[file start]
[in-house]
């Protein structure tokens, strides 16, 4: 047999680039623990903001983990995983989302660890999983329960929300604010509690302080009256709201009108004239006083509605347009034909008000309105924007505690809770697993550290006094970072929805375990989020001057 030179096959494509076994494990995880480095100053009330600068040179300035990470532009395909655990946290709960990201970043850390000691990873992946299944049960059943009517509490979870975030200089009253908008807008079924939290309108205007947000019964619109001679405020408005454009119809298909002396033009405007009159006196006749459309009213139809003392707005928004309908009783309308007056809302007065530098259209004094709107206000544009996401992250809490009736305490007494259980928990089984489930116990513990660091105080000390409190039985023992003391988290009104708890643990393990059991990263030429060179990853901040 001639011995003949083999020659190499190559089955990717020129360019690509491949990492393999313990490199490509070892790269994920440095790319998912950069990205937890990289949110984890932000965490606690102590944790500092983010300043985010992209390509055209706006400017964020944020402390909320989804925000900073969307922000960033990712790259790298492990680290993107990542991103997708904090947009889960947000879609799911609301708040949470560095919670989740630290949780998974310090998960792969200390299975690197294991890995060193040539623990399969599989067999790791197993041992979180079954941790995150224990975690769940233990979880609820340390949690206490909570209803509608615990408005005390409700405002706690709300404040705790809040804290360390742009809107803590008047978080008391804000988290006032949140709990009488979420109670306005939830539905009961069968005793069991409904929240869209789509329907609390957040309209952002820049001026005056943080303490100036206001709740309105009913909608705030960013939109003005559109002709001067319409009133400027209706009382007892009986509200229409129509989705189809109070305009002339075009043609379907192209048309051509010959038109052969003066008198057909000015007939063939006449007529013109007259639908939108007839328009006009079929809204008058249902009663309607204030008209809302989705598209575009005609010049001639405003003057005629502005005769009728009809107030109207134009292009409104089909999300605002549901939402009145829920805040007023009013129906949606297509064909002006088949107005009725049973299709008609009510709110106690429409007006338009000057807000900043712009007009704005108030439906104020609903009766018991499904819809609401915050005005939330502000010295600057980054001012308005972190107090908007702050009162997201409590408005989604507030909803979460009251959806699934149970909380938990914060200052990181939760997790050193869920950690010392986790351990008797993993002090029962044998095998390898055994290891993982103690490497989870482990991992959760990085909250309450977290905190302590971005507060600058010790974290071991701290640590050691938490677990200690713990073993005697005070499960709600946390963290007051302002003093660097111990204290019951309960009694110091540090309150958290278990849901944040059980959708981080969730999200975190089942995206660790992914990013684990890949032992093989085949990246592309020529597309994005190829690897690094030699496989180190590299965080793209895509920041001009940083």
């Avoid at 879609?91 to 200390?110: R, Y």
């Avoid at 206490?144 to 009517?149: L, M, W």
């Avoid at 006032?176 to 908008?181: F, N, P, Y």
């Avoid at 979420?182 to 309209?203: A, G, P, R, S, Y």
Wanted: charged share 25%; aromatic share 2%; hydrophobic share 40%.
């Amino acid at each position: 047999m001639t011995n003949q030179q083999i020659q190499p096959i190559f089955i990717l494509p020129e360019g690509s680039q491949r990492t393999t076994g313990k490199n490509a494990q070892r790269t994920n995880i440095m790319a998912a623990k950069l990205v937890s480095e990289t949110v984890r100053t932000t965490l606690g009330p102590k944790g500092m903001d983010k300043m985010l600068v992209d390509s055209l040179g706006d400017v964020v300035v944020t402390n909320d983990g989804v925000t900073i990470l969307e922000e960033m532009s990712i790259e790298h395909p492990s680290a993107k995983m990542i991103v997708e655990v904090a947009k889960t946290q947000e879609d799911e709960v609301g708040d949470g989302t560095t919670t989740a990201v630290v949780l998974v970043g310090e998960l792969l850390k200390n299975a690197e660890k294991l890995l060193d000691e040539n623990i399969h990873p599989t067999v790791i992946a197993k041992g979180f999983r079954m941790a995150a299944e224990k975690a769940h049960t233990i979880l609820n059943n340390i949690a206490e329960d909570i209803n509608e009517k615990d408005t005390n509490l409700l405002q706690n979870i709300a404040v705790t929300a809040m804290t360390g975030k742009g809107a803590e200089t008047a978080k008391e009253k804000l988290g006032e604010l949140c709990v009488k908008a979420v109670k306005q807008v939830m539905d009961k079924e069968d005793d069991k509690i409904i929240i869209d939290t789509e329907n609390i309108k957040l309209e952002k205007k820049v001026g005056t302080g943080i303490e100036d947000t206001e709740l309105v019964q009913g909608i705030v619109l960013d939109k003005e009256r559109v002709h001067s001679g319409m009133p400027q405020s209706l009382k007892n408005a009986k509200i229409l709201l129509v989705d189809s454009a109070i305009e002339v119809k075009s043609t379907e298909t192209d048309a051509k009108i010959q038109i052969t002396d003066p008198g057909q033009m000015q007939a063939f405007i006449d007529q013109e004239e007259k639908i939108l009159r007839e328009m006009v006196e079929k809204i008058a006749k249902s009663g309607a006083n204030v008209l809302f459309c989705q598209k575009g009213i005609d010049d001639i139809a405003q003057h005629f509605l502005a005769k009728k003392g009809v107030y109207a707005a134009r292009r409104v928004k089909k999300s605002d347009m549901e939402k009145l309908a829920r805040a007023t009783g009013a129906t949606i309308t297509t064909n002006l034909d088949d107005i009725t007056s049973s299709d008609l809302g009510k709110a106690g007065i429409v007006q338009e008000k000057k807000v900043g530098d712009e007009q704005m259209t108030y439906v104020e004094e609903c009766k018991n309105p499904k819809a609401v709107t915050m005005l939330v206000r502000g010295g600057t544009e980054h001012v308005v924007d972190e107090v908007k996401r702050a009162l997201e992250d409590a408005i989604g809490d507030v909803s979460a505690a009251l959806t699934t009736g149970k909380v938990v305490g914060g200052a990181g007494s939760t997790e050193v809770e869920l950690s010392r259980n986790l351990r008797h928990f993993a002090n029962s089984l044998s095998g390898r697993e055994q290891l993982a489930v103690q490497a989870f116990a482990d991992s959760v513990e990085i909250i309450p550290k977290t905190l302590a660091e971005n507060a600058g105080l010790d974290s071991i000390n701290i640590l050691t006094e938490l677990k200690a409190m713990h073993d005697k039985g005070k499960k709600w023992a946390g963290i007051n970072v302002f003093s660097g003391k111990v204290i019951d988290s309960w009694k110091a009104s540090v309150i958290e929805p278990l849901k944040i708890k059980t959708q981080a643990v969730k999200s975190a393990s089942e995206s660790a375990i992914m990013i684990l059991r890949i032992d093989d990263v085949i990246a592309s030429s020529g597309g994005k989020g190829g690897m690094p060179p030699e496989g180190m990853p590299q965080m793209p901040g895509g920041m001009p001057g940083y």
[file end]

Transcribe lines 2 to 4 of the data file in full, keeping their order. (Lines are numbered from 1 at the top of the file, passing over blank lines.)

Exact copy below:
């Protein structure tokens, strides 16, 4: 047999680039623990903001983990995983989302660890999983329960929300604010509690302080009256709201009108004239006083509605347009034909008000309105924007505690809770697993550290006094970072929805375990989020001057 030179096959494509076994494990995880480095100053009330600068040179300035990470532009395909655990946290709960990201970043850390000691990873992946299944049960059943009517509490979870975030200089009253908008807008079924939290309108205007947000019964619109001679405020408005454009119809298909002396033009405007009159006196006749459309009213139809003392707005928004309908009783309308007056809302007065530098259209004094709107206000544009996401992250809490009736305490007494259980928990089984489930116990513990660091105080000390409190039985023992003391988290009104708890643990393990059991990263030429060179990853901040 001639011995003949083999020659190499190559089955990717020129360019690509491949990492393999313990490199490509070892790269994920440095790319998912950069990205937890990289949110984890932000965490606690102590944790500092983010300043985010992209390509055209706006400017964020944020402390909320989804925000900073969307922000960033990712790259790298492990680290993107990542991103997708904090947009889960947000879609799911609301708040949470560095919670989740630290949780998974310090998960792969200390299975690197294991890995060193040539623990399969599989067999790791197993041992979180079954941790995150224990975690769940233990979880609820340390949690206490909570209803509608615990408005005390409700405002706690709300404040705790809040804290360390742009809107803590008047978080008391804000988290006032949140709990009488979420109670306005939830539905009961069968005793069991409904929240869209789509329907609390957040309209952002820049001026005056943080303490100036206001709740309105009913909608705030960013939109003005559109002709001067319409009133400027209706009382007892009986509200229409129509989705189809109070305009002339075009043609379907192209048309051509010959038109052969003066008198057909000015007939063939006449007529013109007259639908939108007839328009006009079929809204008058249902009663309607204030008209809302989705598209575009005609010049001639405003003057005629502005005769009728009809107030109207134009292009409104089909999300605002549901939402009145829920805040007023009013129906949606297509064909002006088949107005009725049973299709008609009510709110106690429409007006338009000057807000900043712009007009704005108030439906104020609903009766018991499904819809609401915050005005939330502000010295600057980054001012308005972190107090908007702050009162997201409590408005989604507030909803979460009251959806699934149970909380938990914060200052990181939760997790050193869920950690010392986790351990008797993993002090029962044998095998390898055994290891993982103690490497989870482990991992959760990085909250309450977290905190302590971005507060600058010790974290071991701290640590050691938490677990200690713990073993005697005070499960709600946390963290007051302002003093660097111990204290019951309960009694110091540090309150958290278990849901944040059980959708981080969730999200975190089942995206660790992914990013684990890949032992093989085949990246592309020529597309994005190829690897690094030699496989180190590299965080793209895509920041001009940083």
């Avoid at 879609?91 to 200390?110: R, Y």
């Avoid at 206490?144 to 009517?149: L, M, W």